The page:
Text Description: This comic on climate change shows a world where sea levels have risen and gangs of divers are rumored to eat people after mugging them. A man and woman risk venturing out for eight minutes to watch the sunset, even more beautiful in the submerged city.
An Interview with Mohamed Salah and Elisabeth Jaquette
Why create comics? What drew you to the form?
Mohamed Salah: Comics only seemed logical. The medium encompasses both my lifelong obsessions; storytelling and drawing, working together in space rather than time like most visual narrative art forms. It just works perfectly for my intentions.
And what inspired you to specifically create a comic addressing climate change?
MS: The piece was made for an exhibition addressing the subject. A collaboration between the Swedish institute in Alexandria, and Mazg foundation who work closely with Egyptian comic book artists. Formulating possibilities stemming from the subject matter, and tampering with the outcome seemed appealing.
In writing and illustrating “8 Minutes,” were you influenced by anything or anyone in particular? Specific places, media, or events, for instance?
During the past couple of years the coastal city of Alexandria has been facing an acute “infrastructure failure” crisis every rain season. The progression of the crisis and how people just adapted to its consequences, along with all the lightheartedness that came along was my main inspiration. You need to check out the photos for yourself; in a few years “8 Minutes” won’t seem that fictional.
How did you become involved in this work as its translator?
Elisabeth Jaquette: I came across Salah’s comic on Twitter, when it won the Swedish Institute Alexandria’s “Facing the Climate” art competition in November last year, and an Egyptian cartoonist I follow retweeted it. Twitter has been a great way to stay plugged into the Arabic literary and comics scene now that I’m not living in Egypt anymore. 8 Minutes’ struck me for the juxtaposition of its poetic language with its graphic style, and for how effectively the reader is immersed in this future world through a single page. So I reached out to Salah to ask if I could translate it.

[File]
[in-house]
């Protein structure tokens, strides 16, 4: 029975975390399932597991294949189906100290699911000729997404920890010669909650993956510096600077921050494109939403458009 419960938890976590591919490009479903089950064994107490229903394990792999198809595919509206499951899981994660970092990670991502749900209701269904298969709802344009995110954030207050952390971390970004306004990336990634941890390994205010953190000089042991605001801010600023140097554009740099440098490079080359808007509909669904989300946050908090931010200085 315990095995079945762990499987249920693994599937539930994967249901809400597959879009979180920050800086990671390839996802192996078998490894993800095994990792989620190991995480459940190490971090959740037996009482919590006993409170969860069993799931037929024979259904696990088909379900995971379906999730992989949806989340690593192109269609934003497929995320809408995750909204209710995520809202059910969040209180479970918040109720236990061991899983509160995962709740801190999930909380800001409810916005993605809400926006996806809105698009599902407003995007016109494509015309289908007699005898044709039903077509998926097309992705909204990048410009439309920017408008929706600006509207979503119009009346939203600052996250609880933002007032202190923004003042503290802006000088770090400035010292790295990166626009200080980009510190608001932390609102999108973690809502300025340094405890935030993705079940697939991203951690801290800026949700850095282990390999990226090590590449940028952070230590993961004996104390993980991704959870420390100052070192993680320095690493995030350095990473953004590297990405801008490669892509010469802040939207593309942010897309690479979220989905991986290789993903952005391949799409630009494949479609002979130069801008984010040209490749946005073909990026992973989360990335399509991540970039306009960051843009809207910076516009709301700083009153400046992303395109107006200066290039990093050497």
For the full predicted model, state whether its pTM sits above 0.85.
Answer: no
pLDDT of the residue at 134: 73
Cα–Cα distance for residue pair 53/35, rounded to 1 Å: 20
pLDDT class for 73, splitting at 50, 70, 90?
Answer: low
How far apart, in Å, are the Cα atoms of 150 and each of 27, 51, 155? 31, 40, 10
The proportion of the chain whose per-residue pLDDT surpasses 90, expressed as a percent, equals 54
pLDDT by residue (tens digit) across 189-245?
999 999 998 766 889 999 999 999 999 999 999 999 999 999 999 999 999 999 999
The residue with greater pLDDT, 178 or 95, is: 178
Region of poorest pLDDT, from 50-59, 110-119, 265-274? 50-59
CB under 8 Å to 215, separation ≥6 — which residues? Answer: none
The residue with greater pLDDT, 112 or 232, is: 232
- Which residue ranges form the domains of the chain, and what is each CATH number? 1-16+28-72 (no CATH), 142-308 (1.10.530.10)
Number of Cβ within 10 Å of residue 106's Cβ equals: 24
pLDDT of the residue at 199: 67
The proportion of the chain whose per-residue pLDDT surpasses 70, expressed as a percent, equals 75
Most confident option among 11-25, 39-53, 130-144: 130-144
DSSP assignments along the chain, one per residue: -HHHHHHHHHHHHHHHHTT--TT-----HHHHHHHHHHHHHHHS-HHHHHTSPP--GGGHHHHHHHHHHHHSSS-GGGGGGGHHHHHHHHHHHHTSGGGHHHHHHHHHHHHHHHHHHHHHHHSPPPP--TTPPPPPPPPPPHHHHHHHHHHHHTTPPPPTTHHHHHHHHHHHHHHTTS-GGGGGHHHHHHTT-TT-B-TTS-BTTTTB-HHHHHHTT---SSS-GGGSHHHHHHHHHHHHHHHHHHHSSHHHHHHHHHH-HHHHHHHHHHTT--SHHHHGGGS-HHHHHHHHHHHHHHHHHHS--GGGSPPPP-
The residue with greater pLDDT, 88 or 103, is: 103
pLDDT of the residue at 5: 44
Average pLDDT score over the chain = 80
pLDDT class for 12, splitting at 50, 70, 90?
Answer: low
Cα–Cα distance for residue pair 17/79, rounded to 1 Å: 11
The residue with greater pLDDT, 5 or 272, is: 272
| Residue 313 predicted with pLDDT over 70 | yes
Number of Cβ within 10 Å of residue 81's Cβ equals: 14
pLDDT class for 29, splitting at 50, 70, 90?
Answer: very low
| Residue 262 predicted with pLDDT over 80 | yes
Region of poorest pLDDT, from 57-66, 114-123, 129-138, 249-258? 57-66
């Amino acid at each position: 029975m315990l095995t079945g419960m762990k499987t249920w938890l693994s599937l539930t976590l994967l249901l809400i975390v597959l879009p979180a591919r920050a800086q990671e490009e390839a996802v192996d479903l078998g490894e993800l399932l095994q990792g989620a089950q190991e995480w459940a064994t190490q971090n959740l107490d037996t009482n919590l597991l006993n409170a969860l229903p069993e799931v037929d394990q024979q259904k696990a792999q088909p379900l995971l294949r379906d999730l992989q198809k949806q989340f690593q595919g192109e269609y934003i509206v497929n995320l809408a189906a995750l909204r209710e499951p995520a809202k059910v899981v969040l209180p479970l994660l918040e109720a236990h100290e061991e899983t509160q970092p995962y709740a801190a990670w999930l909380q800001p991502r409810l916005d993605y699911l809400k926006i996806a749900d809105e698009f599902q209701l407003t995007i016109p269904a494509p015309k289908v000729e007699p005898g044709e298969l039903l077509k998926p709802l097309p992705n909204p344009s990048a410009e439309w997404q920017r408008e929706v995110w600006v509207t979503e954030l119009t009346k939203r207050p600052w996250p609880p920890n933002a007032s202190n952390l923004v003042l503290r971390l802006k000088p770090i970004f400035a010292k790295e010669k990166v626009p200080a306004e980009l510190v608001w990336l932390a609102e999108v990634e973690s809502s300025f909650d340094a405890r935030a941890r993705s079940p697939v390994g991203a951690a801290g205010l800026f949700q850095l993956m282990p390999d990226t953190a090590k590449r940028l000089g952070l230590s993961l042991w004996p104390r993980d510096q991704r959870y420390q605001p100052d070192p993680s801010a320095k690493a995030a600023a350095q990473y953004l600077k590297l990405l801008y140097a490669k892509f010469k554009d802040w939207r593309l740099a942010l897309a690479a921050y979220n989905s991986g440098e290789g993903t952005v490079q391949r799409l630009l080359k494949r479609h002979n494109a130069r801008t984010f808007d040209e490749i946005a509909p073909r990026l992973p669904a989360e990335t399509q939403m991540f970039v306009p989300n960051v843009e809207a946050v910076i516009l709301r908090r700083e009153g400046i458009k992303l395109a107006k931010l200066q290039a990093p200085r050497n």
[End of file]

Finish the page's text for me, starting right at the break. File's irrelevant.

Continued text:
Were you a fan of comics before you became involved in this project?
EJ: Absolutely. I got into graphic novels before I got into comics, which is a bit of an inverse trajectory compared to that of many fans. The comics scene in the Middle East has become much more vibrant in the past several years, in Egypt in particular, with the creation of many new collective publications, festivals, and awards. I was a comics fan long before I became a translator, and so I’m always on the lookout for work to translate–a few others I’ve done are The Apartment in Bab el-Louk, “The Dump,” and “Stop Shehata.” Oum Cartoon, by the way, is an excellent resource for anyone interested in following the Arabic comics scene, and Ganzeer’s The Solar Grid (written in English) is the comic I’m most pumped for at the moment.
Is there a specific type of work that speaks to you as a translator? What projects are you passionate about taking on?
EJ: I find myself drawn to different kinds of texts for different reasons. Those reasons often coalesce around texts that have a compelling voice, or which open themselves up to a social justice reading, and I’m all the more excited when I find both of those elements together, as was the case in “8 Minutes,” as well as in The Queue, for example. I also actively seek out work by women writers, who are traditionally underrepresented in translation.
What are you working on next?
MS: Right now I’m working on two sets of stories. The first is a chronicle dissection of local vocational life, the other deals with myth and its reflection on Egyptian daily life. I also have an ongoing digital project informally documenting this ongoing Egyptian decade.
EJ: Next up is the full translation of The Apartment in Bab el-Louk, which will be out in print with Darf Publishers next year. It follows the reflections of a recluse in downtown Cairo, is atmospheric and strange, and is the type of work that doesn’t fit easy genre definitions. I’ve also just started translating The Frightened, a debut novel by Dima Wannous, a young Syrian writer, which I’m very excited to bring into English.